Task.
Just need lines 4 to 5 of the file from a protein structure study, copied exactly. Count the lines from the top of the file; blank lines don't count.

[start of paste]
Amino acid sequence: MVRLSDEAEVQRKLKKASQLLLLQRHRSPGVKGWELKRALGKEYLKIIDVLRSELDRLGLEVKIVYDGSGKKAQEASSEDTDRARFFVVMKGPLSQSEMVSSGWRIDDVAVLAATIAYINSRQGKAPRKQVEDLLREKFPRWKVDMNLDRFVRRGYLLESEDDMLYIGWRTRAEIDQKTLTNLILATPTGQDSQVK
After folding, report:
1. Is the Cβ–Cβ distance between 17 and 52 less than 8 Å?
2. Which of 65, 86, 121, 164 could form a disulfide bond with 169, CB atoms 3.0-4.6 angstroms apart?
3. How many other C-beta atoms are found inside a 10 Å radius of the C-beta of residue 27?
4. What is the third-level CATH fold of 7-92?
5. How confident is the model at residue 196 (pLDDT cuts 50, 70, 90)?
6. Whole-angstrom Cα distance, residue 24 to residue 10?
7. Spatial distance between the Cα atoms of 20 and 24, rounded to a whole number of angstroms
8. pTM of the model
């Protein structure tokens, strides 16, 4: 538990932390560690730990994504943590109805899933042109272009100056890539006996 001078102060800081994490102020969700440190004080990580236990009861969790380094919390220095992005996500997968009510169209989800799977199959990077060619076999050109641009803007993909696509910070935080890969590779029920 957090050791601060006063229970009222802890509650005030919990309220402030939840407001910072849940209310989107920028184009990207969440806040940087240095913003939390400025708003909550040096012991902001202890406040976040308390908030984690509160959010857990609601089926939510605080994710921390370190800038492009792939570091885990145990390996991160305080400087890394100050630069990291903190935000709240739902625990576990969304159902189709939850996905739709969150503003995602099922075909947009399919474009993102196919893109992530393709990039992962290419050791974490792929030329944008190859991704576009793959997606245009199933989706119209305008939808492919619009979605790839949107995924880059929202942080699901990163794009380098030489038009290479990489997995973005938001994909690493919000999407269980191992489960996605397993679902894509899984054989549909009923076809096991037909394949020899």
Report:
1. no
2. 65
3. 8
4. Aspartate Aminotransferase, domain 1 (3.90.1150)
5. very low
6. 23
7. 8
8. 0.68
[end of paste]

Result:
2. Which of 65, 86, 121, 164 could form a disulfide bond with 169, CB atoms 3.0-4.6 angstroms apart?
3. How many other C-beta atoms are found inside a 10 Å radius of the C-beta of residue 27?